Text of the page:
Sponsored by: ?

This article was paid for by a contributing third party.

Blog: The rising business case for electric fleets

electric car

MS Amlin's Simon Fuller on the e-motor revolution in the commercial space.

In June 2019, parliament passed legislation requiring the government to reduce the UK’s net emissions of greenhouse gases by 100%, relative to 1990, levels by 2050. With 28% of UK domestic carbon emissions coming from transport, of which over 90% is on the road, it makes logical sense to target motorists. And more specifically fleets, which account of half of new vehicle purchases, according to The Climate Group.

The key to whether firms begin to electrify their fleets lies in whether it makes practical business sense. If a vehicle is going to require a charge during working hours, businesses will inevitably start to think about the resulting loss of man hours and other associated risks.

But new data from the Department for Transport (DfT) suggests there is a mounting business case for firms to trade in their diesel-fuelled vans for electric.

The DfT figures show that 50% of all British vans stay within 15 miles of their homes “on a typical day.”

Commenting on the findings, Steve Gooding, the director of the RAC Foundation, said that this makes vans good candidates for electrification, adding that drivers can use their local knowledge to decide where and when they can best be recharged.

It seems that companies are in agreement with Gooding. At the end of July, leasing and fleet management firm Activa Contracts reported that one in three (35%) fleet orders placed in 2020 had been for electric or hybrid vehicles.

Activa spent 2019 with many fleets trialling electric vans as well as cars, and says more companies have started to understand how they could strengthen sustainability on their fleet, in particular those vans which operate in urban areas.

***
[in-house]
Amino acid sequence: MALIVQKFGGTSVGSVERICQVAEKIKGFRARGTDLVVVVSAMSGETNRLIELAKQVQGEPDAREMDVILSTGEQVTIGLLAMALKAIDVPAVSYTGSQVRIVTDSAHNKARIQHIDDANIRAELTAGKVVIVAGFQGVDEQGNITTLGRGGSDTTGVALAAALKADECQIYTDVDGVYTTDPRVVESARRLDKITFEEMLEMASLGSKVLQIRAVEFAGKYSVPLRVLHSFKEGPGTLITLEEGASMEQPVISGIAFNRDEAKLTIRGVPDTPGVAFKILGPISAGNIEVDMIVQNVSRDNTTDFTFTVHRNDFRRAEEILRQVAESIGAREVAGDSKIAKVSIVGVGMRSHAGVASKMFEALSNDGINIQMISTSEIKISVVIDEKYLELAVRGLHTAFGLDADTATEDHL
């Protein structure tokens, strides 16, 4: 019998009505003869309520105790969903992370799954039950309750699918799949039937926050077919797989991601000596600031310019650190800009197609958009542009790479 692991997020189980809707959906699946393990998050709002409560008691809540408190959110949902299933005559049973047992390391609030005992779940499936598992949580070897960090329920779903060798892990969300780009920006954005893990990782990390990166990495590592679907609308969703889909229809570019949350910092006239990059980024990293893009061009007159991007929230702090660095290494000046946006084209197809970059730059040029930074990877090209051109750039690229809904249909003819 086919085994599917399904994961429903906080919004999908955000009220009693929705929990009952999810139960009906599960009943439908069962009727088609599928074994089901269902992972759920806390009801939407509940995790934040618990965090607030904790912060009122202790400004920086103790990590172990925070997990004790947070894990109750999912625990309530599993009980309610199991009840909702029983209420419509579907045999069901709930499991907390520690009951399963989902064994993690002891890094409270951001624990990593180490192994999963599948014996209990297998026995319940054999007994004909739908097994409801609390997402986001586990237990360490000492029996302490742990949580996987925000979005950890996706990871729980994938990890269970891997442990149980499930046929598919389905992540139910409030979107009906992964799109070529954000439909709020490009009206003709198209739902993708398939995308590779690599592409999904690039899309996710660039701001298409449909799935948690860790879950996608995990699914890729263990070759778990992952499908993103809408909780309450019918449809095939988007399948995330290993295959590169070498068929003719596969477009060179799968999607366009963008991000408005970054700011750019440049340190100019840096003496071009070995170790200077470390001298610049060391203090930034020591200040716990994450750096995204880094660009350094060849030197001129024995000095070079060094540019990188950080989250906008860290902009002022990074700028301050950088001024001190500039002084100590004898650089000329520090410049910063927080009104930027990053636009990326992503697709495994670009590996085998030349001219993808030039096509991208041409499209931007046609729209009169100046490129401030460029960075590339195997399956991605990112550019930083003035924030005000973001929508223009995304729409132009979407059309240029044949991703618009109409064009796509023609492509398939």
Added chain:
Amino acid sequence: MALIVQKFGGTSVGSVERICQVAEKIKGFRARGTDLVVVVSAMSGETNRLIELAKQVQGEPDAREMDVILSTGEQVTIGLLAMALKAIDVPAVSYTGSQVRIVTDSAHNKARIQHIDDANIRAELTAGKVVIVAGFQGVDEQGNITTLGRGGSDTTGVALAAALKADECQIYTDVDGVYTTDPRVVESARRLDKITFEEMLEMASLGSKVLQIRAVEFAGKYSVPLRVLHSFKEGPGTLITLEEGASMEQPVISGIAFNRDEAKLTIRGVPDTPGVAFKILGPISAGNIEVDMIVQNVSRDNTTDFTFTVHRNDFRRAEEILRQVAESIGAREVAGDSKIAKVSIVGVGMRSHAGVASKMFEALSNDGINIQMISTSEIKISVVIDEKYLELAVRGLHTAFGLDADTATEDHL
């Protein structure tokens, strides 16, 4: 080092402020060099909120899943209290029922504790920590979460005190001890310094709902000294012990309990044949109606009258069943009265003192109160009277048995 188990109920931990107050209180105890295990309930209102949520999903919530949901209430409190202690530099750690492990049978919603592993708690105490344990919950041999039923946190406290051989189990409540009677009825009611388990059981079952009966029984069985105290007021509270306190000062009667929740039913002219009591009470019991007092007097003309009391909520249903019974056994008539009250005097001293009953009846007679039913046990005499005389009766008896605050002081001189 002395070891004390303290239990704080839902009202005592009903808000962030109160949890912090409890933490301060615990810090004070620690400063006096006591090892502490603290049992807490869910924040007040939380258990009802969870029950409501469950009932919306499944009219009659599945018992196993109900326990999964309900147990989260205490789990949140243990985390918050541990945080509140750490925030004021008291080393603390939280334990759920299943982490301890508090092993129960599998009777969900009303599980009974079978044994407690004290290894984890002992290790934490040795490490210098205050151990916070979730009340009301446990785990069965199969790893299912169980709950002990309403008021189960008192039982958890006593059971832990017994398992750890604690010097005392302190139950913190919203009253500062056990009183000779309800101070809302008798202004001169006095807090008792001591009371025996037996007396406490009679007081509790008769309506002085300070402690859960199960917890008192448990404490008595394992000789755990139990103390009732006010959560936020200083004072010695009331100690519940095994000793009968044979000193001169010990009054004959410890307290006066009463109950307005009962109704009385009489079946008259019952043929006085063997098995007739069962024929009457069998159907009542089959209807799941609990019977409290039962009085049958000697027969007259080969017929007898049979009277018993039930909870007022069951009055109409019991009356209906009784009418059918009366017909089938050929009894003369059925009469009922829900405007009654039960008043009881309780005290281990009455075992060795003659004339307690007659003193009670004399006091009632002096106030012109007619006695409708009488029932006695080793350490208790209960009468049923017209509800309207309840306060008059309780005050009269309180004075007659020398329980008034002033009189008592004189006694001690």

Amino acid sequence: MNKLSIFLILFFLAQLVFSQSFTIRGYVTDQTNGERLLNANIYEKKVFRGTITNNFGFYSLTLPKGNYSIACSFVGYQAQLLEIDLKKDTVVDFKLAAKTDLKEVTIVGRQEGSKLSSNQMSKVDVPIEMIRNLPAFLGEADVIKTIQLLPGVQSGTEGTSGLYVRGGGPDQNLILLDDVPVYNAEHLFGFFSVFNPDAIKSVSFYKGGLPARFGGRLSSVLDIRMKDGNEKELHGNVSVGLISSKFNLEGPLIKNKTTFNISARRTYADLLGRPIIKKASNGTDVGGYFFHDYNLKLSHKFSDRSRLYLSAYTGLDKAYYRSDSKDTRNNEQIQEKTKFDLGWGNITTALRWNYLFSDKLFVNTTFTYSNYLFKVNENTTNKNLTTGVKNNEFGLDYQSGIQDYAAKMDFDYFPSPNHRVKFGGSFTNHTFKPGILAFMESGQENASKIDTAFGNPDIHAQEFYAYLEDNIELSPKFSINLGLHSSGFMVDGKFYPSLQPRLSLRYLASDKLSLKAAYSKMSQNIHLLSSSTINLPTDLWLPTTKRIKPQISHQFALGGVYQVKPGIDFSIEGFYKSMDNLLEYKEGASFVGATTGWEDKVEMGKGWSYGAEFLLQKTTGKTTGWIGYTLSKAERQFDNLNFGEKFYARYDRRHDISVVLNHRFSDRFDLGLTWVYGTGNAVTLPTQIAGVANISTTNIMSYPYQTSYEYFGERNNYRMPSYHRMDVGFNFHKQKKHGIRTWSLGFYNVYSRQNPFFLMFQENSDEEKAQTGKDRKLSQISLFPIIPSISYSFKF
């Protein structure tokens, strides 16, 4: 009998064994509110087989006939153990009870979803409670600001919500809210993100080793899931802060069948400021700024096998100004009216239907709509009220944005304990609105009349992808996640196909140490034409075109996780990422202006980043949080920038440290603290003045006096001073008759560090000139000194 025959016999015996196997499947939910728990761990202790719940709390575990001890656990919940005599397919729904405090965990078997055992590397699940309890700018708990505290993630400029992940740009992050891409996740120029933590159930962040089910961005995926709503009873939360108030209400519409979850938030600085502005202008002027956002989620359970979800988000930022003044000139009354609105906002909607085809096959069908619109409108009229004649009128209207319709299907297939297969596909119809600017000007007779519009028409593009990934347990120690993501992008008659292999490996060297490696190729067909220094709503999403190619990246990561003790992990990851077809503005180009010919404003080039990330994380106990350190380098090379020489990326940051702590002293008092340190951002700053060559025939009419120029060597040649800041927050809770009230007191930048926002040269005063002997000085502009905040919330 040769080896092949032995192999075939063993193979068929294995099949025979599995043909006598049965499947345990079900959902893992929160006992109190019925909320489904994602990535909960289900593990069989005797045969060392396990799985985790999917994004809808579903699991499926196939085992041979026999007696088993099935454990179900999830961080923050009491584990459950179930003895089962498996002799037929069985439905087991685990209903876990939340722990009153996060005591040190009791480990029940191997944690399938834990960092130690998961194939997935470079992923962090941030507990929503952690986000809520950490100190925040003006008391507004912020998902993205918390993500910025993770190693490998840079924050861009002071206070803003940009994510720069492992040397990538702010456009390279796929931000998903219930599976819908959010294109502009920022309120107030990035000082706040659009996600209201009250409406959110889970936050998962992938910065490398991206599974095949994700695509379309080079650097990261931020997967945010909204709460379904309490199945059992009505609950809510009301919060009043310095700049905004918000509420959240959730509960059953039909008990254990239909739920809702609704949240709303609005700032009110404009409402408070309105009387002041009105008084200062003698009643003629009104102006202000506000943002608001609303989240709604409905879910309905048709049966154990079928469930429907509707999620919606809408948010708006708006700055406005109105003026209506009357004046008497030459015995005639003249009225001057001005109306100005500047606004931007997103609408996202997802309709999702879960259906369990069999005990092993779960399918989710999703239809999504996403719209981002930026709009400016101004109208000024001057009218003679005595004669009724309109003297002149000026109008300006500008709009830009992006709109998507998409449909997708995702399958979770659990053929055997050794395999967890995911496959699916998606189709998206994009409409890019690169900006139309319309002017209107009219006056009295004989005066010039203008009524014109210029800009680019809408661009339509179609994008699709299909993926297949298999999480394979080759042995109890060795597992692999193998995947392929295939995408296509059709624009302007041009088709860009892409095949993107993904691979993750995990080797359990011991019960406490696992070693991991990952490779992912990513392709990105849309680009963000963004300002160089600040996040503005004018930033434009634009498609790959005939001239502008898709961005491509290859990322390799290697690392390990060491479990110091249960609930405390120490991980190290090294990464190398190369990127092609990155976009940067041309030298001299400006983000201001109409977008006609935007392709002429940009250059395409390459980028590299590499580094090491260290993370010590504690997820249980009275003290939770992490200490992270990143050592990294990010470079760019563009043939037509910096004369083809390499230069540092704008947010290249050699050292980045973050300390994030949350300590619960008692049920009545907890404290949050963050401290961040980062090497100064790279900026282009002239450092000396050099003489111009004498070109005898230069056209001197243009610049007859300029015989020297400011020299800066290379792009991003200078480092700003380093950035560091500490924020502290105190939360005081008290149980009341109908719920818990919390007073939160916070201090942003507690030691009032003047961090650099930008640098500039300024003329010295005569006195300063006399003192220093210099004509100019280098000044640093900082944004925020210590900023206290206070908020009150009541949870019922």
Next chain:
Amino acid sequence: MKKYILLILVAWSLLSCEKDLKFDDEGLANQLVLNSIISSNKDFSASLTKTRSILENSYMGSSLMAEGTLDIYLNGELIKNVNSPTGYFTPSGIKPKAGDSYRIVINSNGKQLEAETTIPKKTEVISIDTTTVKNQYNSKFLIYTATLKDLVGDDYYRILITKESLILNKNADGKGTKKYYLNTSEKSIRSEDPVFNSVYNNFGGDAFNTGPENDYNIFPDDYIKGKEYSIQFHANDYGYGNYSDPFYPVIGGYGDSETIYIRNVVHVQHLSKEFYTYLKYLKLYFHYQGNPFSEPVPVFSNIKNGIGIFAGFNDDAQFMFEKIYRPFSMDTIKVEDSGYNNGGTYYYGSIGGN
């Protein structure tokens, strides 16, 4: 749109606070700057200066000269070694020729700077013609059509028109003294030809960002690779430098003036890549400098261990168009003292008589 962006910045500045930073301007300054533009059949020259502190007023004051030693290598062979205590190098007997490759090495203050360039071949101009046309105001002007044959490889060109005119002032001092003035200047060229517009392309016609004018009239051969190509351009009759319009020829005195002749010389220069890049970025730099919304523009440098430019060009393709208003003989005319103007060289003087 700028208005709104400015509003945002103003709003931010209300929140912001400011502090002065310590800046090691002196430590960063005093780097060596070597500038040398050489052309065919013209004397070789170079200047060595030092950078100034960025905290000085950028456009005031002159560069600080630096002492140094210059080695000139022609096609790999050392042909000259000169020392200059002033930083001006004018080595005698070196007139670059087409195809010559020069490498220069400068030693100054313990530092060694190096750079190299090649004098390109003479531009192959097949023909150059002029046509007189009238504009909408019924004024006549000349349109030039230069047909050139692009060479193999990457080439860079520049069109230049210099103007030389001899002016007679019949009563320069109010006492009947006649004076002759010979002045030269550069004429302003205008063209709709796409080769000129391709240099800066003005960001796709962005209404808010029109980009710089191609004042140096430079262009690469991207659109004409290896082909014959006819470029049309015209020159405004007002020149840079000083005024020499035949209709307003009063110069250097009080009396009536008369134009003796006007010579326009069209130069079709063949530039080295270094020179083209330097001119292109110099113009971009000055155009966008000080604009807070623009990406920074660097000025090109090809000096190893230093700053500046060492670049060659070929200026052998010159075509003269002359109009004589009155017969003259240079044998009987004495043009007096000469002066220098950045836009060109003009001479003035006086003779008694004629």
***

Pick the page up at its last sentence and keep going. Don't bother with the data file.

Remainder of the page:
“More fleets have begun to understand that many multi-drop delivery routes that return to base can be achieved by using an electric van,” Activa director Lisa Temperton explained.

She added that some firms have become more ‘green conscious’ during lockdown, and anticipates that we will see more electric vans coming into fleets over the next 12 months.

We’re already seeing this prediction come to pass. In August, Amazon made an order of 1,800 Mercedes-Benz electric vans for its European delivery fleet, including the UK and Germany, as it aims to become carbon-neutral by 2040.

Meanwhile, BT Group, which operates Britain’s second largest commercial fleet, is trailing a small fleet of electric vans and is looking to deploy more this year.

Future-facing insurance solutions

Although electric vehicles are the future, the technology is not there yet for a lot of fleet businesses, due to its limitations and costs. Our insured would have to rely on charging points on routes, which could limit where they are able to drive.

Due to the cost of parts, electric vehicles would be deemed a higher risk for theft and potential claims could cost the insurer more money – therefore having a knock-on effect for premiums.

However, there are also many benefits for electric vehicles due to the money saved on tax and congestion charges. As technology evolves and driving range and selection of vehicle types grow, we will see more and more of these vehicles on the road. It’s not a question of if but rather when electric will start becoming the choice of engine when buying a new vehicle.

Companies are becoming more aware of their carbon emissions, doing everything they can to reduce their footprint. Insurers will have to prepare their rates to cater for electric vehicles in a different way to combustion engines, due to how vehicles will be used differently until the technology reaches the equivalent standard of use.

Insurers and brokers must understand these issues and provide the solutions required to meet customer demands – both now and in the future.

Simon Fuller is e-trade fleet underwriter at MS Amlin.

  • LinkedIn  
  • Save this article
  • Print this page  

You need to sign in to use this feature. If you don’t have an Insurance Age account, please register now.

Sign in
You are currently on corporate access.

To use this feature you will need an individual account. If you have one already please sign in.

Sign in.

Alternatively you can request an indvidual account here: